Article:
Scientists were reportedly able to use artificial intelligence (AI) to reconstruct images solely from people’s brain activity with over 75% accuracy for the first time ever.
According to Japanese newspaper The Mainichi, recreating images from brain activity is usually only possible when a subject is actually seeing the images with their own eyes, or when the type of images, such as faces, letters or simple figures, were specified.
However, a team of researchers at the National Institutes for Quantum Science and Technology (QST) in Japan have now demonstrated that it’s possible to accurately reconstruct complex images with AI — based almost solely from a person’s thoughts.
In a paper published in Neural Networks last month, scientists revealed how they recorded the brain activity of subjects who viewed 1,200 various images while situated in a functional magnetic resonance imaging (fMRI) machine.
The Mainichi reports that “score charts” with some 6.13 million factors such as color, shape, and texture were also created by making the AI recognize the images.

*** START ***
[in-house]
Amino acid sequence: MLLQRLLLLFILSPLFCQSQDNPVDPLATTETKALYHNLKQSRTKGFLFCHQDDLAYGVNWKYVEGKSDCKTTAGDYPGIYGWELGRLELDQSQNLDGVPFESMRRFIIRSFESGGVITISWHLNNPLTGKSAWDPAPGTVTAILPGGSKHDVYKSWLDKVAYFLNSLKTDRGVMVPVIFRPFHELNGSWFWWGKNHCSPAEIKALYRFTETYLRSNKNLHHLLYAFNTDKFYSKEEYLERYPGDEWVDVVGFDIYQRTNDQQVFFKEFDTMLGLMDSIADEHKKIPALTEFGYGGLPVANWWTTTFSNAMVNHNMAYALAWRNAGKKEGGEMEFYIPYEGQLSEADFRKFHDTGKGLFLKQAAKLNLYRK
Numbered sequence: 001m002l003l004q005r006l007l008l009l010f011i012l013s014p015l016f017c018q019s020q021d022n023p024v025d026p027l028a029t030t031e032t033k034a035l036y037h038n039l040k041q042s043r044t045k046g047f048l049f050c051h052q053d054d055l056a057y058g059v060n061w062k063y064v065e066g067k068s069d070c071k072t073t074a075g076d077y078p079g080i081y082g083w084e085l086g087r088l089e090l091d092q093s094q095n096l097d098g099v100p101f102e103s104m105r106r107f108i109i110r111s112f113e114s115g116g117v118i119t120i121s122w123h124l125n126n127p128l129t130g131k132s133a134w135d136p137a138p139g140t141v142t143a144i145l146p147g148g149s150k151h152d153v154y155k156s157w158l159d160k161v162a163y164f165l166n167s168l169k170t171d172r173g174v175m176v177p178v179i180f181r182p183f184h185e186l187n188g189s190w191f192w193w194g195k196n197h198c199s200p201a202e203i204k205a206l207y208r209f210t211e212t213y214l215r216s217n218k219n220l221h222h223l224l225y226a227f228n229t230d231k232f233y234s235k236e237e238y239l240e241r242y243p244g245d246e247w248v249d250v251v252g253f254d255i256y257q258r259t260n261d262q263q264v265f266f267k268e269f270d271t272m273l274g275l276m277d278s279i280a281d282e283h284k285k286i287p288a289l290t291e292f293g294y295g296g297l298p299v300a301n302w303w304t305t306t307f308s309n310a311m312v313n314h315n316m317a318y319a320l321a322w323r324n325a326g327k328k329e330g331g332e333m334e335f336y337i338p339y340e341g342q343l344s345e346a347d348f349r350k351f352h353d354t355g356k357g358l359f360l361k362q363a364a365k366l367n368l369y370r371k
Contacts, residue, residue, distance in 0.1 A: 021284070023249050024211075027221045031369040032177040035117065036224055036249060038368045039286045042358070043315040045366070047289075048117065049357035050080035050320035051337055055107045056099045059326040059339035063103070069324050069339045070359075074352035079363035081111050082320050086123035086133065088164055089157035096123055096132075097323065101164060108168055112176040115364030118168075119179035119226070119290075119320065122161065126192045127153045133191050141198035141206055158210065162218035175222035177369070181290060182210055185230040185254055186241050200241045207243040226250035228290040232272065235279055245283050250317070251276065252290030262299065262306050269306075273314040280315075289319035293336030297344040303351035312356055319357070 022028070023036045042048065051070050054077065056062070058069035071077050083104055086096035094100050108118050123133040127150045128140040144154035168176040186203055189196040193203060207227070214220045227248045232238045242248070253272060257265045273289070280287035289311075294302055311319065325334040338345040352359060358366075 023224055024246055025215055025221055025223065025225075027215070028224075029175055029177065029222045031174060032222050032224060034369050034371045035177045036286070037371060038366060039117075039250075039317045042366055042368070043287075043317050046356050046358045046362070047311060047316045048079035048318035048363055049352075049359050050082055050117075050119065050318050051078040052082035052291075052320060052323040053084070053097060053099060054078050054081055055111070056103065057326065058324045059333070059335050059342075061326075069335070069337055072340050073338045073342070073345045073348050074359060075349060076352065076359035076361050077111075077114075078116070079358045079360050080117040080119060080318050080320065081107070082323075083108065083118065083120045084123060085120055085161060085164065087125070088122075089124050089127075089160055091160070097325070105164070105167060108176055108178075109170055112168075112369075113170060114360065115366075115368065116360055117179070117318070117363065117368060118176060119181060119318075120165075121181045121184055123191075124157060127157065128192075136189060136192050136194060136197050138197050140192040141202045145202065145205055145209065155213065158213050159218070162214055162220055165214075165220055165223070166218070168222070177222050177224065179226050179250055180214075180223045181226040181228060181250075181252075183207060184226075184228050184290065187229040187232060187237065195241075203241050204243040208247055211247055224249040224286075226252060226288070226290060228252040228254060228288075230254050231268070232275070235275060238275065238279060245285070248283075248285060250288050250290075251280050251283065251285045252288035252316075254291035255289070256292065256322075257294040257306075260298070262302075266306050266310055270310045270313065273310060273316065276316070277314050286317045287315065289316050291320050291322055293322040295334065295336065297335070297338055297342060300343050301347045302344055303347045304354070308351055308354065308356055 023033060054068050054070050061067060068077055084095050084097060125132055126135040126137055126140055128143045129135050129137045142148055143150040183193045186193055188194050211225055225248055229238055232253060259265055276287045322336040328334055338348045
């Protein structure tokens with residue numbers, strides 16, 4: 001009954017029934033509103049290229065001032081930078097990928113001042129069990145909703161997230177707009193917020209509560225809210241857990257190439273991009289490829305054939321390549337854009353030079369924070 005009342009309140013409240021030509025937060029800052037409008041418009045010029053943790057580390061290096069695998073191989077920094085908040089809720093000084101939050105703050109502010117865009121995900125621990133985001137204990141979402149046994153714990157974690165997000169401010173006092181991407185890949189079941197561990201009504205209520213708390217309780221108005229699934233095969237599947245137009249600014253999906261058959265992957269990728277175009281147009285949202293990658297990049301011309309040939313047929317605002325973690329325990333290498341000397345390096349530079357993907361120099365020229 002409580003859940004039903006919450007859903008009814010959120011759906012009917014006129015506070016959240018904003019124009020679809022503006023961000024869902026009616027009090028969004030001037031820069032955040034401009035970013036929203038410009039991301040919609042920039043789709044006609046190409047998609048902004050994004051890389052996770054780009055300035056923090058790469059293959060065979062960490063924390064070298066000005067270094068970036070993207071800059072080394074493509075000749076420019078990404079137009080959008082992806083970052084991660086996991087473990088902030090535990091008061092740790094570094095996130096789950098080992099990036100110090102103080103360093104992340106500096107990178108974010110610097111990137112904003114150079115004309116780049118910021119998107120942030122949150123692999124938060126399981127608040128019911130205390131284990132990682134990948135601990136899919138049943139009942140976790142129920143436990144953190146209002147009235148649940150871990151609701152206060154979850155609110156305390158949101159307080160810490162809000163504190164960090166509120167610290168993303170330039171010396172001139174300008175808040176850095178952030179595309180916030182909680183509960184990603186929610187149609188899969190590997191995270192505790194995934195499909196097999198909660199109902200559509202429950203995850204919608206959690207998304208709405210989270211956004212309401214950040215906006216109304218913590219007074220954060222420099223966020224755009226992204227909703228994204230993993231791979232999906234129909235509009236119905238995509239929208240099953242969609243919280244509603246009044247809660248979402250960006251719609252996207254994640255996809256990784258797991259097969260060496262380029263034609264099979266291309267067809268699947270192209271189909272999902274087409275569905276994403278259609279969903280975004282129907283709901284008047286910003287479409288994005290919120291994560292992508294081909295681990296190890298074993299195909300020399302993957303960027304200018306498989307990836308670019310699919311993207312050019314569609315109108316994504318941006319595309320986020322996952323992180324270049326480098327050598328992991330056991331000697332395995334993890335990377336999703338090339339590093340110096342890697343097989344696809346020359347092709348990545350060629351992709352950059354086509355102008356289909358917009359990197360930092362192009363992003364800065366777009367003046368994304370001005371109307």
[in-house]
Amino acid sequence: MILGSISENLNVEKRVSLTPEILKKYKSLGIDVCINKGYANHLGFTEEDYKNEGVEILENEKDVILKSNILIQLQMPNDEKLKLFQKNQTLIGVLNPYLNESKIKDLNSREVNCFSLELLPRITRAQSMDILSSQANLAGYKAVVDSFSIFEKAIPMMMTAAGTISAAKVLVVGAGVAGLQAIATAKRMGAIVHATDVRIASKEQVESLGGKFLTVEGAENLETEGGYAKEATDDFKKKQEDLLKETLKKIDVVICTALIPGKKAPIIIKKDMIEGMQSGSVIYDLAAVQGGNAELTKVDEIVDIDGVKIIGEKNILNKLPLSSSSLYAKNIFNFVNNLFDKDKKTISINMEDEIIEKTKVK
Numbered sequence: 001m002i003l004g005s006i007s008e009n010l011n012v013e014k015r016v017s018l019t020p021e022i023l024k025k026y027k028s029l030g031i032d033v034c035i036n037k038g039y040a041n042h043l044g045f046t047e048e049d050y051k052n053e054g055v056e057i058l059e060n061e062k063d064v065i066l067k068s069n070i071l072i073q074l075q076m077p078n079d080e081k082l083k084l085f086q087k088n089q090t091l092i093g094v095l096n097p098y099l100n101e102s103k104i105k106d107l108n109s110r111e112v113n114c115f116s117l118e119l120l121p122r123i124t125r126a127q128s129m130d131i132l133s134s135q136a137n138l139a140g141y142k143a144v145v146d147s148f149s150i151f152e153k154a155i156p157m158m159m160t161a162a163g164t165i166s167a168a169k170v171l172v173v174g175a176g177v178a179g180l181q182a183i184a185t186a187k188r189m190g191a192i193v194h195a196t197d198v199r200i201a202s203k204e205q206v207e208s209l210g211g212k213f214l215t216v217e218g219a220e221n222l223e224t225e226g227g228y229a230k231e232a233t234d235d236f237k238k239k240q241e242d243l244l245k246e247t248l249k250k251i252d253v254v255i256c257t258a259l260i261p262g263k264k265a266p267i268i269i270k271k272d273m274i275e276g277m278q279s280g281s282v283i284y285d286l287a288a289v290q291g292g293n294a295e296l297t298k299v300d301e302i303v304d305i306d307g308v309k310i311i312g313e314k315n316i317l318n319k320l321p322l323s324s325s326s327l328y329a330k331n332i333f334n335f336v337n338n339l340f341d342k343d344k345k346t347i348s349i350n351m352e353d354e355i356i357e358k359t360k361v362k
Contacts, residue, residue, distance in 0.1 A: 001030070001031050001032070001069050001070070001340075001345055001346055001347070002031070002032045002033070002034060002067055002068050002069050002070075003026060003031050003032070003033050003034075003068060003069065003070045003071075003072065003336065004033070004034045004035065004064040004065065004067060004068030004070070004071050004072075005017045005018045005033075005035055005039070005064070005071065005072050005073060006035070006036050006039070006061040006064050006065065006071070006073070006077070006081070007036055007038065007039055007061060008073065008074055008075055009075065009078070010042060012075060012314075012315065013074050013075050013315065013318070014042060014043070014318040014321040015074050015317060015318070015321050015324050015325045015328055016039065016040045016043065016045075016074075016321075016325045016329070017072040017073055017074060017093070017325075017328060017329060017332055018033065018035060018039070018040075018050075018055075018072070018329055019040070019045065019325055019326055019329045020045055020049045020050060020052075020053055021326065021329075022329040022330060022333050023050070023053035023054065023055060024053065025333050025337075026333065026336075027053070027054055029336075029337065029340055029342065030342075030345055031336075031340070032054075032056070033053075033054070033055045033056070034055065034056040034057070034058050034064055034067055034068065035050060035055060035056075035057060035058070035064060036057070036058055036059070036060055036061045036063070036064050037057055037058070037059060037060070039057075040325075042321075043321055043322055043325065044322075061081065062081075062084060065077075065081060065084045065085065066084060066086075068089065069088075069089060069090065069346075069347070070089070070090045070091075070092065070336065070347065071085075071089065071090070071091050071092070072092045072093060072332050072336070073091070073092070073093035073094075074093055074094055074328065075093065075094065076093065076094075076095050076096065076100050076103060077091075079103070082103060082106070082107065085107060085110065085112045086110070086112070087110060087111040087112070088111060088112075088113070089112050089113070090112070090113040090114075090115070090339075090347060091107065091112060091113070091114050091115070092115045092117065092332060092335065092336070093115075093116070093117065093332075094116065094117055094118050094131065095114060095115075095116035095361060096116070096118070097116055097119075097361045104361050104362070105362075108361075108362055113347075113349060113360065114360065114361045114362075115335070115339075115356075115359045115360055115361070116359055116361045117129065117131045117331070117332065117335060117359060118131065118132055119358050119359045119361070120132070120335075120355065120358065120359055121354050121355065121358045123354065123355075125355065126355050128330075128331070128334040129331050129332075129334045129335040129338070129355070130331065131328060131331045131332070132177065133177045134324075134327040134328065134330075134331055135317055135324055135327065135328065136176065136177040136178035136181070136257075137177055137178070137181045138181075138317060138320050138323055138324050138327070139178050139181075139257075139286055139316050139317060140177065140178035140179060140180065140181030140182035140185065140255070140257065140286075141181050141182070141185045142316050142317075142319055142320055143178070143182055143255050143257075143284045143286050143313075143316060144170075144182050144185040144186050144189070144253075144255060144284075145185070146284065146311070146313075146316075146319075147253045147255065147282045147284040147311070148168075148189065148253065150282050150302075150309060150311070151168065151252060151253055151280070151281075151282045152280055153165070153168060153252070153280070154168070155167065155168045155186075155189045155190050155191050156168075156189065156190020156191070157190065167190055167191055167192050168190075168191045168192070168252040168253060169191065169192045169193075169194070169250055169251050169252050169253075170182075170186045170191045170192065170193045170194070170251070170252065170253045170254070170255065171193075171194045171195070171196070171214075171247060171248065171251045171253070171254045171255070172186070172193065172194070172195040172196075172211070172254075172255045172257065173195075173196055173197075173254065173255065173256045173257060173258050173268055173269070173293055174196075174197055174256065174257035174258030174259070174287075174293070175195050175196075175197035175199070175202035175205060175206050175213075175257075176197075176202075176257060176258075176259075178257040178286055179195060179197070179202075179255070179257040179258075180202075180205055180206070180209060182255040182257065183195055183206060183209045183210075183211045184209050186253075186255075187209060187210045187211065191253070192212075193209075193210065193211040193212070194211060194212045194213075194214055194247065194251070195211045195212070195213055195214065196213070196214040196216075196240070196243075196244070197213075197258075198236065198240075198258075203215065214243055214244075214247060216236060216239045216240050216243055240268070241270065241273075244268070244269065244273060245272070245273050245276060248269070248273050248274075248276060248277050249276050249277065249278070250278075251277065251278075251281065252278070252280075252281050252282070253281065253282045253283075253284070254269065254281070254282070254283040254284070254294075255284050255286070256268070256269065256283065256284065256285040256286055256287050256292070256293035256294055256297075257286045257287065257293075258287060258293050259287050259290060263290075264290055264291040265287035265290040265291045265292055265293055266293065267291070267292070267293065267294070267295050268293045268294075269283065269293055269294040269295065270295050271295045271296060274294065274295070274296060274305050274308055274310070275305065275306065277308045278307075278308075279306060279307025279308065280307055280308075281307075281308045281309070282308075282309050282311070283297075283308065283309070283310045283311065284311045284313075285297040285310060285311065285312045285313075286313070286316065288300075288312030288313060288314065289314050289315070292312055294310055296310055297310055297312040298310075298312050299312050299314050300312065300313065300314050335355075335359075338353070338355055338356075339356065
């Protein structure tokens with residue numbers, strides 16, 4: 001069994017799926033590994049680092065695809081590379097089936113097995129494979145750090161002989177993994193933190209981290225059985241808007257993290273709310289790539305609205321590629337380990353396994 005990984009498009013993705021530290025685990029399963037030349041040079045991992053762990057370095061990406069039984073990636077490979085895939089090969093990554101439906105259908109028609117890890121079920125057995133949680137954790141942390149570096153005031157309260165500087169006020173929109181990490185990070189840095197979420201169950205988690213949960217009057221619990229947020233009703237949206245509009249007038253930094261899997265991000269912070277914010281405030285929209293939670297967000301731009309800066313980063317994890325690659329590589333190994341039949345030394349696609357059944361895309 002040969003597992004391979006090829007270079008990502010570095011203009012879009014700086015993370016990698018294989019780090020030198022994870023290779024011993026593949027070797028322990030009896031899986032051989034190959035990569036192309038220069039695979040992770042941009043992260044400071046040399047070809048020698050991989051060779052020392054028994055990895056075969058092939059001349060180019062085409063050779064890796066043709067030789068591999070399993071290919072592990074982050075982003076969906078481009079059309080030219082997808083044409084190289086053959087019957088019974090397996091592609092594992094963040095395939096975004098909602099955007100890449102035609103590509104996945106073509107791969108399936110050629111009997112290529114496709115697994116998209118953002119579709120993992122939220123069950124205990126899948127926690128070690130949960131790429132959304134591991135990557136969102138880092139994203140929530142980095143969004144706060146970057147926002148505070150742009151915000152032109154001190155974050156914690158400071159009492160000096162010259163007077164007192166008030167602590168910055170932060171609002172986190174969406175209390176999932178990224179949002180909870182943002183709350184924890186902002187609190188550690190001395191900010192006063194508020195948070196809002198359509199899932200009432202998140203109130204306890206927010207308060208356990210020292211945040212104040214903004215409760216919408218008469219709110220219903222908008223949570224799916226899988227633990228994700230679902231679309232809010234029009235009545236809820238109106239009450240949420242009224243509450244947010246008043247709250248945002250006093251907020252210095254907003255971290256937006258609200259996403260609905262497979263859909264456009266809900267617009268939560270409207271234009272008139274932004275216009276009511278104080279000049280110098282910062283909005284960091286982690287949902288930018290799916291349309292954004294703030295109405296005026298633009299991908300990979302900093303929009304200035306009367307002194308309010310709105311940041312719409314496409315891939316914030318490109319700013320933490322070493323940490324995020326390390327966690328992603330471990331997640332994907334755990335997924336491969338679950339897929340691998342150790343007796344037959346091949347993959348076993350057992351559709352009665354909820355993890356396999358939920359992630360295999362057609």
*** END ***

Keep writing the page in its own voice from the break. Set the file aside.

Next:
The scientists also developed a neural signal translator program that matches brain activity with the scoring chart, creating new scoring charts when new brain activity is input.
The subjects were then shown another set of images that were different to the original 1,200 images, and their brain activity was measured under the fMRI 30 minutes to an hour later while asked to imagine what kind of image they had seen.
Inputting the records, the neural signal translator then created score charts. The charts were input into another generative AI program in order to reconstruct the image, undergoing a 500-step revision process.
According to the publication, the scientists’ groundbreaking method allowed them to use AI to reconstruct original images with a 75.6% accuracy rate — which is a big step from previous efforts with allowed a 50.4% accuracy rate.
The scientists believe the technology could be beneficial in the medical field especially where specific individuals have lost the ability to verbally communicate and could lead to new forms of communication.
Image credits: All images via “Mental image reconstruction from human brain activity: Neural decoding of mental imagery via deep neural network-based Bayesian estimation” by Naoko Koide-Majima, Shinji Nishimoto, and Kei Majima .